- To Pull or to Thrust (Push)
- Stroke (length of travel)
- Force Required
- Supply (AC, DC and variations)
- Ambient Temperature
1, A Solenoid is a linear actuator, which PULLS the plunger toward the stop when the coil is energised. It can only PULL, though a return spring can be fitted if required. To make it Thrust (PUSH) it must have a non-magnetic thrust rod.
2, Force increases as it closes – see graph above, note the difference between AC and DC solenoids. AC solenoids are more powerful than DC on the longer strokes but there are Long Stroke DC types designed for best possible long stroke force. (See data sheets).
3, You decide the stroke – this is set by the way the solenoid is mounted relative to the mechanism it has to operate.
4, Plungers are not captive – a solenoid should be fitted so that the plunger cannot drop out. The maximum practical stroke is shown on its force curve.
A solenoid can be made more powerful by fitting a coil which takes higher watts. It will get hotter, so will need to cool between each operation. Solenoid manufactures use the ‘%’ rating for higher force solenoids.
Watts = heat, and on intermittent ratings there is a limit to the time a coil can safely carry the higher power. This ‘maximum time energised’ depends on the rating, size of solenoid, and any ‘heat sink’ benefit gained from the mounting. Note that % ratings are simply a convenient system which covers most applications, coils can be wound for other duties if required.
‘Cycling’ implies an ON and OFF sequence, and steady cycling should not be called continuous.
A common mistake! Because a solenoid duty cycle is say, 25% it does not have to have a 25% rated coil if a less powerful one will do the job. If for instance a ‘continuous’ (100%) coil gives adequate force it will run cooler, take less current, and reduce the wear on mechanical parts.
A solenoid is more powerful cold, than hot. This is because the coil resistance increases as it warms up, reducing the current and therefore the force. The cold/hot difference is less on an AC than on a DC solenoid. NOTE; our force curves show the coil at maximum working temperature.
Both the ambient temperature of the solenoid environment and the self heating of the solenoid at work must be considered. In a high ambient temperature or a total enclosure a lower-watts, lower-force coil is the conventional way of keeping coil temperature within the safe limit. Coils are normally designed for a temperature rise of about 75°C due to self-heating and we assume an ambient temperature of 20°C.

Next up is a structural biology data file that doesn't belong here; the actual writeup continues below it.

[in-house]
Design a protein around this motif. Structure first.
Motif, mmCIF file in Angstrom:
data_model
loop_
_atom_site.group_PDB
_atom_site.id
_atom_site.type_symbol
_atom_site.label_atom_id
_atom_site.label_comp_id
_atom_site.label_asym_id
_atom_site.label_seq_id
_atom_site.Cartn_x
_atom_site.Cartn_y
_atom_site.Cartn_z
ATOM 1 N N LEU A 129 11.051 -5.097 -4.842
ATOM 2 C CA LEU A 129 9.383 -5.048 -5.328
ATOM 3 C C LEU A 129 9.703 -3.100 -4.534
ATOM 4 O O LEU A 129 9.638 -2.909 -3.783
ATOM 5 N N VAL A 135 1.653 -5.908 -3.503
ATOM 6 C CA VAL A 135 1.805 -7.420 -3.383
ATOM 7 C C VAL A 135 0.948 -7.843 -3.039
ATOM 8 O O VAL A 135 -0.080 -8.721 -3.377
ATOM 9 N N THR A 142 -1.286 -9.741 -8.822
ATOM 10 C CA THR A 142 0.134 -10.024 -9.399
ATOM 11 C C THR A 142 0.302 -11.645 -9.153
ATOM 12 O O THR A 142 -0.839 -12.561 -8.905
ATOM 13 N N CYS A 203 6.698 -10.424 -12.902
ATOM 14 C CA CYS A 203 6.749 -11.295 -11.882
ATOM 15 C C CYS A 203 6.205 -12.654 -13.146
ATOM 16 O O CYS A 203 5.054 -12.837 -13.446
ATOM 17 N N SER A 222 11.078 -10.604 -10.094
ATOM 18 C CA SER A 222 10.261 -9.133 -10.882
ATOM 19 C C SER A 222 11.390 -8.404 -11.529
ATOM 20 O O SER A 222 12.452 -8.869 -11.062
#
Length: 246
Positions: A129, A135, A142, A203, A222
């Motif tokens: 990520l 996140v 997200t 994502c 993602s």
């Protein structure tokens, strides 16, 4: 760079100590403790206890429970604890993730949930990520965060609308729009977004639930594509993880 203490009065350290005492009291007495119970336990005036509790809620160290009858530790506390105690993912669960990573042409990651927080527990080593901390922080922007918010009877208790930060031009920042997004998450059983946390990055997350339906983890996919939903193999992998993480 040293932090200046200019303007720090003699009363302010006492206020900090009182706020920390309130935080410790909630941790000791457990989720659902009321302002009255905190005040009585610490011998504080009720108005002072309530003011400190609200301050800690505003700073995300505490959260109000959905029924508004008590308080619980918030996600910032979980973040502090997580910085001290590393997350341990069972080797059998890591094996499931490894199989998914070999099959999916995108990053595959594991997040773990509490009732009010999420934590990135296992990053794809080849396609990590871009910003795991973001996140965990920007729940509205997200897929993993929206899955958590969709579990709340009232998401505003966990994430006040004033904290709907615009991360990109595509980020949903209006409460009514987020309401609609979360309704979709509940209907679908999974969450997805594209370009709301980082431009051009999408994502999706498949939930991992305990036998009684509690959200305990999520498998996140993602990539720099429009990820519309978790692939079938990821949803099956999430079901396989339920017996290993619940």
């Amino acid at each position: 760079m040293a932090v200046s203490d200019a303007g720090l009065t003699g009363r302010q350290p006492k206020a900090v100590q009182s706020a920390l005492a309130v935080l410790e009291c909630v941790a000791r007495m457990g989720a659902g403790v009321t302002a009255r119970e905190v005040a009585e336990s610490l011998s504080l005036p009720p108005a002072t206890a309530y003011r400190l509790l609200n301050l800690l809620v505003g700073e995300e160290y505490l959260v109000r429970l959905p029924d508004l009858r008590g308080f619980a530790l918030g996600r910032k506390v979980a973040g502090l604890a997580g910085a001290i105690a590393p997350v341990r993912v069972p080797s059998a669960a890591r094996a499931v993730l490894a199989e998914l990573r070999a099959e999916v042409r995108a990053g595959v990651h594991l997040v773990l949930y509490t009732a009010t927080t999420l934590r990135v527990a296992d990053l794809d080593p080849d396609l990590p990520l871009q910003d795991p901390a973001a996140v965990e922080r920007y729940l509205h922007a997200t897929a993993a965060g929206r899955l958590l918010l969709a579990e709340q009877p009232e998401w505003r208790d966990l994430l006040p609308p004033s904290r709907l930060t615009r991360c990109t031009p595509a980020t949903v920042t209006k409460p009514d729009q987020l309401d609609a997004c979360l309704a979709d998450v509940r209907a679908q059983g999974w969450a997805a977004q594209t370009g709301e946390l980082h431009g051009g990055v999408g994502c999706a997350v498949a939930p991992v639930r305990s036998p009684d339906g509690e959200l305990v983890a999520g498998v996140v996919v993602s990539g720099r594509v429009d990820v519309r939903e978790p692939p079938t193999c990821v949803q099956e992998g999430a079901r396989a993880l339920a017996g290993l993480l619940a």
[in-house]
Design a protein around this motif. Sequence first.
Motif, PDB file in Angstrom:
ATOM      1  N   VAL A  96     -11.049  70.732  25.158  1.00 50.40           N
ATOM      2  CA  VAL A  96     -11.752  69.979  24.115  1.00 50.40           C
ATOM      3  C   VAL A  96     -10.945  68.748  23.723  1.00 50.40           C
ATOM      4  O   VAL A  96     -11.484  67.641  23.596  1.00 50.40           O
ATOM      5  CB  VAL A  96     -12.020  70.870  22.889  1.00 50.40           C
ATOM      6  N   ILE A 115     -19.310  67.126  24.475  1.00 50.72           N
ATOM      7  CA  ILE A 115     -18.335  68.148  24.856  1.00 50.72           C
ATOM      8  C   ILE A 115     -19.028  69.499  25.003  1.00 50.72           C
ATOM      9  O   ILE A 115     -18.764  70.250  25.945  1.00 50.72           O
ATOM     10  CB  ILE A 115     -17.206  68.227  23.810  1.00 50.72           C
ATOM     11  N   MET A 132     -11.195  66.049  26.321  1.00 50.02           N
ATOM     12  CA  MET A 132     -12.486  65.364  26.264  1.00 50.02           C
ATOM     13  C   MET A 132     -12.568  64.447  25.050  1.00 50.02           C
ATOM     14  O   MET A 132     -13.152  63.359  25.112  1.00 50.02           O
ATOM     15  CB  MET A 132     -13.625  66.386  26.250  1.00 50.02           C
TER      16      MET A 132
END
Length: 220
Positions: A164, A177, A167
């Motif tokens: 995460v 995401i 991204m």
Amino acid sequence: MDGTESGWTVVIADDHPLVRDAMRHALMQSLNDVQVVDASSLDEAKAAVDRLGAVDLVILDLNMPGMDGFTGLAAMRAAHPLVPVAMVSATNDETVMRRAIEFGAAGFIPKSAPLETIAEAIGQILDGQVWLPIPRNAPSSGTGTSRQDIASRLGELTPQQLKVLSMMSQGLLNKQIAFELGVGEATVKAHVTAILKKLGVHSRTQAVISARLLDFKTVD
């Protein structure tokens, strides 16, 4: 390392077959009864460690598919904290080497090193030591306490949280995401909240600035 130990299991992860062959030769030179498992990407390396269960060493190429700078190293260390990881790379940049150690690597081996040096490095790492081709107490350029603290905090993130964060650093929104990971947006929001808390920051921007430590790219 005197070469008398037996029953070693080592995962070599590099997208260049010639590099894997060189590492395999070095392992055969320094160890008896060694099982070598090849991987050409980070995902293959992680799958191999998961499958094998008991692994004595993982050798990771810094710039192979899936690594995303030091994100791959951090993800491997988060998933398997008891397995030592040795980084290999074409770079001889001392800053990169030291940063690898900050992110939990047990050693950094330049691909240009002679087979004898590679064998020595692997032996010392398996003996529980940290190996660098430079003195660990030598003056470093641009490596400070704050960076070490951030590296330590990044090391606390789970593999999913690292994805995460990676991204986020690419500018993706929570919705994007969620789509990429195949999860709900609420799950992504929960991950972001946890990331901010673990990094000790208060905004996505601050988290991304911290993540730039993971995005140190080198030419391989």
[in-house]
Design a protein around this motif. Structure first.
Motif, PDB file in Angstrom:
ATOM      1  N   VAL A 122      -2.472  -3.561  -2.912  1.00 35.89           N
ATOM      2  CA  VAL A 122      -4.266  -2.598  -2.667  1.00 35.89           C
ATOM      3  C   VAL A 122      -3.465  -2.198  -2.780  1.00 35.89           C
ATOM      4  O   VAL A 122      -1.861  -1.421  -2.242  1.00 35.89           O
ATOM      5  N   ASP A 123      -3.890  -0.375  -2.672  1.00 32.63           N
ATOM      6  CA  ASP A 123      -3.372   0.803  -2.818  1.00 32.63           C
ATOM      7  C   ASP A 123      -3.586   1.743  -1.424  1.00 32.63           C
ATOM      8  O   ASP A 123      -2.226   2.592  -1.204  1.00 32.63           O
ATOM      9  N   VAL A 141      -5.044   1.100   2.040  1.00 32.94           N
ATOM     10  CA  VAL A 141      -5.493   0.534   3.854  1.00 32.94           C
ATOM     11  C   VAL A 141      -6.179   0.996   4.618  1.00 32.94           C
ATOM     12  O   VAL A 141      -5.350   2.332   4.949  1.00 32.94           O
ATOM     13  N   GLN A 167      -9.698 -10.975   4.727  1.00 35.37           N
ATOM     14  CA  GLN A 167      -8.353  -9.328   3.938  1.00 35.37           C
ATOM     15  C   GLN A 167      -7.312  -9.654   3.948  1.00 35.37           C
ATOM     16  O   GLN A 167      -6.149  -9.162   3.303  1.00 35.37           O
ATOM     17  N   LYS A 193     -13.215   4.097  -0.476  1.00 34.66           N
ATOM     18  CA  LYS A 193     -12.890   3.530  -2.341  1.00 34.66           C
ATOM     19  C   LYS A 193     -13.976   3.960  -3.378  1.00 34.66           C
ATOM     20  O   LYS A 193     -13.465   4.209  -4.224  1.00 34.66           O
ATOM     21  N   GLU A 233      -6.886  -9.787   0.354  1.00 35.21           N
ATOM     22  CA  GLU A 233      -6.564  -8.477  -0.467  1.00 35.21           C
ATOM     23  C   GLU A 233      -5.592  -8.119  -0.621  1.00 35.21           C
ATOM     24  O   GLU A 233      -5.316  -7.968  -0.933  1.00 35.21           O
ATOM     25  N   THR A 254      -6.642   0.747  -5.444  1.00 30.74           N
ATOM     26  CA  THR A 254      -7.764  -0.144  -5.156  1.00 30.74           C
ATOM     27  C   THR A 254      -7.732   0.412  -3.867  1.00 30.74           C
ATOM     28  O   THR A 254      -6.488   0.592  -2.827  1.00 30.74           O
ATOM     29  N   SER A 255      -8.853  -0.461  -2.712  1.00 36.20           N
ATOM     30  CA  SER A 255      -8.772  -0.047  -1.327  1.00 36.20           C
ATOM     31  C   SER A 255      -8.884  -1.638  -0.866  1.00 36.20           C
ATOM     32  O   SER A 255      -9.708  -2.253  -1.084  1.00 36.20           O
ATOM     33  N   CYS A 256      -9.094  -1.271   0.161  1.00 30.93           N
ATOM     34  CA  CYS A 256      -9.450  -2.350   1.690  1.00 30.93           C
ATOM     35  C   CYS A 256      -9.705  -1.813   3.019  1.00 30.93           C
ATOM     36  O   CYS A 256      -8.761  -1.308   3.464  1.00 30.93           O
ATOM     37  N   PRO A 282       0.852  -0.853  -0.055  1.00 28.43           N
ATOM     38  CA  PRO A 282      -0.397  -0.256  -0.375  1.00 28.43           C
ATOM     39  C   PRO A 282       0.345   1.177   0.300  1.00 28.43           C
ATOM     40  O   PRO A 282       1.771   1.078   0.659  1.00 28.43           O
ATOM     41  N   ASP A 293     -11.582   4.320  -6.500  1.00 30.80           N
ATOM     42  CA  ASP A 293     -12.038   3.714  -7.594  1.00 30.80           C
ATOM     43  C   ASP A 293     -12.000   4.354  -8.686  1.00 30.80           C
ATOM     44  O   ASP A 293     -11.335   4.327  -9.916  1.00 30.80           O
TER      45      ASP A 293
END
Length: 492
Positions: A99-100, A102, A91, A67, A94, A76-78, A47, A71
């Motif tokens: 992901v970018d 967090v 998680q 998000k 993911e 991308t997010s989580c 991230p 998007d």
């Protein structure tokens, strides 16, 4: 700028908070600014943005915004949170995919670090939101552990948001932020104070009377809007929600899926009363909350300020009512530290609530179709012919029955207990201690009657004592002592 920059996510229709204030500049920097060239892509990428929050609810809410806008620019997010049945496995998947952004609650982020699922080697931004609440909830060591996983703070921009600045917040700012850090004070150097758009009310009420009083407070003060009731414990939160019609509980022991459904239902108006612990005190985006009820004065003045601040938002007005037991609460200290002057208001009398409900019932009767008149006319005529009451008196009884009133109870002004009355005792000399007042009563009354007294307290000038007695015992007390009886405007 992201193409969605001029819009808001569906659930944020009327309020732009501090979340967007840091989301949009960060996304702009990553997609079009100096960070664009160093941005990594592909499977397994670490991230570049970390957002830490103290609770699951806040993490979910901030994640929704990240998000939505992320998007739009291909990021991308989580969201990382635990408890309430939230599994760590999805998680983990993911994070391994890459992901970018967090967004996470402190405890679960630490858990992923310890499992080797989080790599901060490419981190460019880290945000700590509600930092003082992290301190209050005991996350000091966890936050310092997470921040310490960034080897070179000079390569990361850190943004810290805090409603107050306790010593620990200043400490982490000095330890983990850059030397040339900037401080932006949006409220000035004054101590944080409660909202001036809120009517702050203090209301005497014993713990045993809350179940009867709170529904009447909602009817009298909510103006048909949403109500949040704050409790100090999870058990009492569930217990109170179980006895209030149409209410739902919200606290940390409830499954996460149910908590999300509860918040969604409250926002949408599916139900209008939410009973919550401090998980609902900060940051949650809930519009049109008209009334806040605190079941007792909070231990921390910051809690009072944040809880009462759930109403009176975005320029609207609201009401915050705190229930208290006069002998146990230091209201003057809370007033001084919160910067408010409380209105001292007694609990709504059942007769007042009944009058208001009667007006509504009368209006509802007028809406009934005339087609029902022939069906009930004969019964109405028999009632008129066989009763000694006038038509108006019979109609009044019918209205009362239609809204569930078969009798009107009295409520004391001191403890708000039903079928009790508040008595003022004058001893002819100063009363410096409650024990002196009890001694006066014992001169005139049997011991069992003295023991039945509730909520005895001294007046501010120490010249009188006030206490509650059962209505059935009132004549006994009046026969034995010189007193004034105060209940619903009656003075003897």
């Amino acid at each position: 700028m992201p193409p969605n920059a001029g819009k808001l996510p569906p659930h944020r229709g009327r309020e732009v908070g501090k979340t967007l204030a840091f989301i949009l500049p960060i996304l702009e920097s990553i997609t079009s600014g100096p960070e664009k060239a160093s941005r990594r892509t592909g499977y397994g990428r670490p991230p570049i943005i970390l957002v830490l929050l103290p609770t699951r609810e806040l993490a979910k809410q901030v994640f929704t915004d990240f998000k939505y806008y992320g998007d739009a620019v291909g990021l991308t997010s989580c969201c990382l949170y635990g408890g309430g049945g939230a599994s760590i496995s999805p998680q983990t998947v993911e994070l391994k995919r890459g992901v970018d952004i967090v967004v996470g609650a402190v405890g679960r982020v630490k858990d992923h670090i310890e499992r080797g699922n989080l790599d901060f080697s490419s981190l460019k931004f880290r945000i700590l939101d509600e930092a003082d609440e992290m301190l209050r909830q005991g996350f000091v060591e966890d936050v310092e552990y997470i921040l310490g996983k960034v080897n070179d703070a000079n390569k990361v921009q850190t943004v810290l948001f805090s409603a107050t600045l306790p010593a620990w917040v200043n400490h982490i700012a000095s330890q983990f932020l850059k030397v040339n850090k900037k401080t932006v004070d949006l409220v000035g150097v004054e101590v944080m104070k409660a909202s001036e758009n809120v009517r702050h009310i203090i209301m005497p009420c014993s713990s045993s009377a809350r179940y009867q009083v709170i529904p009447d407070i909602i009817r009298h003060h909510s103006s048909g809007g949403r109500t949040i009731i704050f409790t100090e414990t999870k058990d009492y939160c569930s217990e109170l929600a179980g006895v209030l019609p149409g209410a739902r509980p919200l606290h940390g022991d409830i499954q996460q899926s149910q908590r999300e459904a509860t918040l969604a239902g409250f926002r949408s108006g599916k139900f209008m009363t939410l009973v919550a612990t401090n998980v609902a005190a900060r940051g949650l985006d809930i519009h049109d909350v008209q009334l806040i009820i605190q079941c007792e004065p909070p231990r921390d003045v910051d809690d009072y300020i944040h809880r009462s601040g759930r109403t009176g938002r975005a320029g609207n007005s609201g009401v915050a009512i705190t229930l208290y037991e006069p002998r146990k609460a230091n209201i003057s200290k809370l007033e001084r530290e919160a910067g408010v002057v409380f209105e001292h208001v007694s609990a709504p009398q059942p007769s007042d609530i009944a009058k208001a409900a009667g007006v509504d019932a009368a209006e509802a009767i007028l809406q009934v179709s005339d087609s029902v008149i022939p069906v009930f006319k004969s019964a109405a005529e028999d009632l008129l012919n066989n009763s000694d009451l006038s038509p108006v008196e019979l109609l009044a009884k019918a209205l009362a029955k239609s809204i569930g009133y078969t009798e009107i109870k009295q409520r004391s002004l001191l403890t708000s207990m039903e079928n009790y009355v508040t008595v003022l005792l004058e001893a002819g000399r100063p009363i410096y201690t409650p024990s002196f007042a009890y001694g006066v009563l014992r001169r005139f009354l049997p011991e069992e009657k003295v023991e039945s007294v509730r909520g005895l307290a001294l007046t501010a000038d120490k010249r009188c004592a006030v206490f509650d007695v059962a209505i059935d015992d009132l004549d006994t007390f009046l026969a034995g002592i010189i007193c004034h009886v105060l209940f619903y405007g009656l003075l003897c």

AC INRUSH CURRENT
An AC solenoid draws a current surge as it closes. The longer the stroke, the greater the surge. On fast cycling, these repeated surges increase the coil heating and upset the ‘% rating’ principle of higher force for intermittent duty. Sometimes a lower than continuous rating is necessary to avoid too high a temperature rise from repeated inrush current. This uses a DE-RATED coil and gives less than continuous force. There is no DC INRUSH CURRENT. All DC intermittent duties can be based on the % rating principle subject to the ‘maximum time energised’.
SUPPLY – AC or DC ?
An AC solenoid gives greater long stroke force than a DC solenoid, gaining this advantage from its ‘inrush current’.
An AC solenoid is fast-closing, but the actual time may vary by a few milliseconds according to the point in the cycle when it is switched.
An AC solenoid tends to hum when closed. Good design keeps this to a minimum, but it can worsen with wear on the mating faces.
A DC solenoid can give high short stroke performance and very high absolutely silent hold. Its pull and hold characteristics can be varied by modifications to the plunger and stop.
A DC solenoid normally closes more slowly than an AC, but can repeat its closing time accurately at a given coil temperature and mechanical load.
An energised DC solenoid can be stopped anywhere along its stroke without overheating the coil or causing hum. An AC solenoid which is prevented from closing will rapidly overheat and will be noisy.
DC solenoids are often supplied from rectifiers. Ripple current can cause hum unless adequately smoothed. Full-wave rectification is better than half-wave. For some intermittent duties however unsmoothed half-wave may be acceptable.
A solenoid gives approximately the same performance with the appropriate coil for any voltage between the limits of the finest and the thickest wire with which the coil can be wound. A low voltage coil tends to have higher efficiency because of the better copper-to-insulation ratio of the thicker wire.
On the smallest solenoids, low voltage is desirable to avoid the combination of high voltage stresses and extremely fine wire.
If you are tempted to use the smallest solenoid that will do your job, remember that it will take more current than a larger one. As an extreme example, a BDC 2 would take 50 watts (cold) to pull 340g through 10mm, where as a BDC 5 would take only about 7 watts. If you need to keep the current down, it makes good sense to step up the solenoid size.
The tapped holes for side mounting are perfectly satisfactory for light to medium duties, but an intermittently rated high-force solenoid should be mounted by the back fixing nut, where available, for mechanical solidarity.